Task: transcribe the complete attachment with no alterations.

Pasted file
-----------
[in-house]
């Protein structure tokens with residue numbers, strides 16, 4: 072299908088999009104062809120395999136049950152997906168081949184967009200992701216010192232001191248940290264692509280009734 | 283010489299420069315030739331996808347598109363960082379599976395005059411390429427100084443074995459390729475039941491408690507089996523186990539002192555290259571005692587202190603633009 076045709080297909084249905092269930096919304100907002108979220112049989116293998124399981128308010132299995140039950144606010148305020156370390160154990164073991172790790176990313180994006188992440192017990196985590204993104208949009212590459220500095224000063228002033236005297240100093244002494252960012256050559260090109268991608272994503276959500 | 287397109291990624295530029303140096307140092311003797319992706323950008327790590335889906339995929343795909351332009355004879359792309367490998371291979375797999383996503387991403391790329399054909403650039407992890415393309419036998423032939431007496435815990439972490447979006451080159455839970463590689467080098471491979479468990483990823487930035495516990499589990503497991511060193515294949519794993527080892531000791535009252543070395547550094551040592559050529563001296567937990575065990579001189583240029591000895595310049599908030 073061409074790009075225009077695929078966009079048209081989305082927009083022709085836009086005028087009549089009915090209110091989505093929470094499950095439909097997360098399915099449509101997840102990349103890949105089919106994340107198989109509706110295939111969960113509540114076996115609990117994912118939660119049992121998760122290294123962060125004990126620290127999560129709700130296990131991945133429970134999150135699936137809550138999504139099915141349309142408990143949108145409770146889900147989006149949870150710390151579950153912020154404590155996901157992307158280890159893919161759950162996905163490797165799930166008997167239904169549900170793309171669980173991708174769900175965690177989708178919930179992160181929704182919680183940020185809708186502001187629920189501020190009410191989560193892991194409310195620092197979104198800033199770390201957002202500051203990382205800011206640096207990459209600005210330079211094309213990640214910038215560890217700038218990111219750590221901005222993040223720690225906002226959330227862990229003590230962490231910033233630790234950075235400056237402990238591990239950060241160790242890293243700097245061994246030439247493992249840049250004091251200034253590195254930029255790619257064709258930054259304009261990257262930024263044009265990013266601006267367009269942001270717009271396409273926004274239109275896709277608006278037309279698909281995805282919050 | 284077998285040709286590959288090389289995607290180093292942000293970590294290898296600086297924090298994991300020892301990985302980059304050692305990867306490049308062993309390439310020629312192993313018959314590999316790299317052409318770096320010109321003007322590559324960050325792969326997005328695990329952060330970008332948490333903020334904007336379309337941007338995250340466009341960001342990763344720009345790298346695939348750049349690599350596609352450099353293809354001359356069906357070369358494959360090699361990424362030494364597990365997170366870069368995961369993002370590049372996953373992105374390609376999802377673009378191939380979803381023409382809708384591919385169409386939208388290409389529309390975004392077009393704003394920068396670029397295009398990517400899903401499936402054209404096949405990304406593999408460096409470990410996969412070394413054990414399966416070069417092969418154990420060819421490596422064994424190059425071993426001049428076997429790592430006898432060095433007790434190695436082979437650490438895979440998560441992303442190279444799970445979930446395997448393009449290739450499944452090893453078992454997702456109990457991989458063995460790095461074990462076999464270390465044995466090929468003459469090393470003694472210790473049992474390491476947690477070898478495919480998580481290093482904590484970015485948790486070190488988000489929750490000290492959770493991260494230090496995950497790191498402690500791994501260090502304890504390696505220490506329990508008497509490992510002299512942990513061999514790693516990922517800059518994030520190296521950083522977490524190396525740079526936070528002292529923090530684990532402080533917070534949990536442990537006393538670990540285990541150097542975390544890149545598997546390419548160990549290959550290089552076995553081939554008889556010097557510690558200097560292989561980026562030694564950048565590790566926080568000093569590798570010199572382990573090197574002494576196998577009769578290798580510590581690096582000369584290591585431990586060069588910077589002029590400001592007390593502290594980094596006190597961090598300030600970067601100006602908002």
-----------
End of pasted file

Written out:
[in-house]
């Protein structure tokens with residue numbers, strides 16, 4: 072299908088999009104062809120395999136049950152997906168081949184967009200992701216010192232001191248940290264692509280009734 | 283010489299420069315030739331996808347598109363960082379599976395005059411390429427100084443074995459390729475039941491408690507089996523186990539002192555290259571005692587202190603633009 076045709080297909084249905092269930096919304100907002108979220112049989116293998124399981128308010132299995140039950144606010148305020156370390160154990164073991172790790176990313180994006188992440192017990196985590204993104208949009212590459220500095224000063228002033236005297240100093244002494252960012256050559260090109268991608272994503276959500 | 287397109291990624295530029303140096307140092311003797319992706323950008327790590335889906339995929343795909351332009355004879359792309367490998371291979375797999383996503387991403391790329399054909403650039407992890415393309419036998423032939431007496435815990439972490447979006451080159455839970463590689467080098471491979479468990483990823487930035495516990499589990503497991511060193515294949519794993527080892531000791535009252543070395547550094551040592559050529563001296567937990575065990579001189583240029591000895595310049599908030 073061409074790009075225009077695929078966009079048209081989305082927009083022709085836009086005028087009549089009915090209110091989505093929470094499950095439909097997360098399915099449509101997840102990349103890949105089919106994340107198989109509706110295939111969960113509540114076996115609990117994912118939660119049992121998760122290294123962060125004990126620290127999560129709700130296990131991945133429970134999150135699936137809550138999504139099915141349309142408990143949108145409770146889900147989006149949870150710390151579950153912020154404590155996901157992307158280890159893919161759950162996905163490797165799930166008997167239904169549900170793309171669980173991708174769900175965690177989708178919930179992160181929704182919680183940020185809708186502001187629920189501020190009410191989560193892991194409310195620092197979104198800033199770390201957002202500051203990382205800011206640096207990459209600005210330079211094309213990640214910038215560890217700038218990111219750590221901005222993040223720690225906002226959330227862990229003590230962490231910033233630790234950075235400056237402990238591990239950060241160790242890293243700097245061994246030439247493992249840049250004091251200034253590195254930029255790619257064709258930054259304009261990257262930024263044009265990013266601006267367009269942001270717009271396409273926004274239109275896709277608006278037309279698909281995805282919050 | 284077998285040709286590959288090389289995607290180093292942000293970590294290898296600086297924090298994991300020892301990985302980059304050692305990867306490049308062993309390439310020629312192993313018959314590999316790299317052409318770096320010109321003007322590559324960050325792969326997005328695990329952060330970008332948490333903020334904007336379309337941007338995250340466009341960001342990763344720009345790298346695939348750049349690599350596609352450099353293809354001359356069906357070369358494959360090699361990424362030494364597990365997170366870069368995961369993002370590049372996953373992105374390609376999802377673009378191939380979803381023409382809708384591919385169409386939208388290409389529309390975004392077009393704003394920068396670029397295009398990517400899903401499936402054209404096949405990304406593999408460096409470990410996969412070394413054990414399966416070069417092969418154990420060819421490596422064994424190059425071993426001049428076997429790592430006898432060095433007790434190695436082979437650490438895979440998560441992303442190279444799970445979930446395997448393009449290739450499944452090893453078992454997702456109990457991989458063995460790095461074990462076999464270390465044995466090929468003459469090393470003694472210790473049992474390491476947690477070898478495919480998580481290093482904590484970015485948790486070190488988000489929750490000290492959770493991260494230090496995950497790191498402690500791994501260090502304890504390696505220490506329990508008497509490992510002299512942990513061999514790693516990922517800059518994030520190296521950083522977490524190396525740079526936070528002292529923090530684990532402080533917070534949990536442990537006393538670990540285990541150097542975390544890149545598997546390419548160990549290959550290089552076995553081939554008889556010097557510690558200097560292989561980026562030694564950048565590790566926080568000093569590798570010199572382990573090197574002494576196998577009769578290798580510590581690096582000369584290591585431990586060069588910077589002029590400001592007390593502290594980094596006190597961090598300030600970067601100006602908002």